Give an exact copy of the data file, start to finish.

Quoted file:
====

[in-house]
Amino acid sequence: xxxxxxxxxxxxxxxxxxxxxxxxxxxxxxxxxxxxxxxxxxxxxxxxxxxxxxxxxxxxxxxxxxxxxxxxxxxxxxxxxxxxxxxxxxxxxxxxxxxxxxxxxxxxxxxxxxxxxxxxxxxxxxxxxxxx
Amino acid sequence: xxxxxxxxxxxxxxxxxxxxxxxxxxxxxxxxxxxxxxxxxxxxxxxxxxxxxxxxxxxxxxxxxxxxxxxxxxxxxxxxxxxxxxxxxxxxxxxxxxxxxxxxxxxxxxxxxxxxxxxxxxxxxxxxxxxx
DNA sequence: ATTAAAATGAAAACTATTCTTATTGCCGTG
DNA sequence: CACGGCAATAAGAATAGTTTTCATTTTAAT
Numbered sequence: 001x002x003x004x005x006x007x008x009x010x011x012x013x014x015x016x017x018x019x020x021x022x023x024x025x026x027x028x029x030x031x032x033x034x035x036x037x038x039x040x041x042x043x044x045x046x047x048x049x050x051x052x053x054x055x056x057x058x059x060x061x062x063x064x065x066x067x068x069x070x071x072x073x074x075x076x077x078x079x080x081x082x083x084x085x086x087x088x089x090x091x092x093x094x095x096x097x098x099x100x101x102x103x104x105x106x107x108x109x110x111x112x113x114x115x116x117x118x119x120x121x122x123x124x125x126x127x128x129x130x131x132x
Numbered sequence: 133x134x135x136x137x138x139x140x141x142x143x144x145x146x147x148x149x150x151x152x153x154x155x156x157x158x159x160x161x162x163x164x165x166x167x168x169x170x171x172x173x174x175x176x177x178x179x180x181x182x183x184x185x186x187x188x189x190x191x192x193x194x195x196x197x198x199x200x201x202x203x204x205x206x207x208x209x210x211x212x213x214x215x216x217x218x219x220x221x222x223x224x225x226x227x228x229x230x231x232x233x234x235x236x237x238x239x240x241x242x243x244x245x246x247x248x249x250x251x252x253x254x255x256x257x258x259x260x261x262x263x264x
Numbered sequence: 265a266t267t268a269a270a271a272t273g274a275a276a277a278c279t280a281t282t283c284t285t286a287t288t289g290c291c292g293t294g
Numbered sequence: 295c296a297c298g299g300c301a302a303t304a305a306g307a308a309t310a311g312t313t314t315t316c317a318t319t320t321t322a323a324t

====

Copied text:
[in-house]
Amino acid sequence: xxxxxxxxxxxxxxxxxxxxxxxxxxxxxxxxxxxxxxxxxxxxxxxxxxxxxxxxxxxxxxxxxxxxxxxxxxxxxxxxxxxxxxxxxxxxxxxxxxxxxxxxxxxxxxxxxxxxxxxxxxxxxxxxxxxx
Amino acid sequence: xxxxxxxxxxxxxxxxxxxxxxxxxxxxxxxxxxxxxxxxxxxxxxxxxxxxxxxxxxxxxxxxxxxxxxxxxxxxxxxxxxxxxxxxxxxxxxxxxxxxxxxxxxxxxxxxxxxxxxxxxxxxxxxxxxxx
DNA sequence: ATTAAAATGAAAACTATTCTTATTGCCGTG
DNA sequence: CACGGCAATAAGAATAGTTTTCATTTTAAT
Numbered sequence: 001x002x003x004x005x006x007x008x009x010x011x012x013x014x015x016x017x018x019x020x021x022x023x024x025x026x027x028x029x030x031x032x033x034x035x036x037x038x039x040x041x042x043x044x045x046x047x048x049x050x051x052x053x054x055x056x057x058x059x060x061x062x063x064x065x066x067x068x069x070x071x072x073x074x075x076x077x078x079x080x081x082x083x084x085x086x087x088x089x090x091x092x093x094x095x096x097x098x099x100x101x102x103x104x105x106x107x108x109x110x111x112x113x114x115x116x117x118x119x120x121x122x123x124x125x126x127x128x129x130x131x132x
Numbered sequence: 133x134x135x136x137x138x139x140x141x142x143x144x145x146x147x148x149x150x151x152x153x154x155x156x157x158x159x160x161x162x163x164x165x166x167x168x169x170x171x172x173x174x175x176x177x178x179x180x181x182x183x184x185x186x187x188x189x190x191x192x193x194x195x196x197x198x199x200x201x202x203x204x205x206x207x208x209x210x211x212x213x214x215x216x217x218x219x220x221x222x223x224x225x226x227x228x229x230x231x232x233x234x235x236x237x238x239x240x241x242x243x244x245x246x247x248x249x250x251x252x253x254x255x256x257x258x259x260x261x262x263x264x
Numbered sequence: 265a266t267t268a269a270a271a272t273g274a275a276a277a278c279t280a281t282t283c284t285t286a287t288t289g290c291c292g293t294g
Numbered sequence: 295c296a297c298g299g300c301a302a303t304a305a306g307a308a309t310a311g312t313t314t315t316c317a318t319t320t321t322a323a324t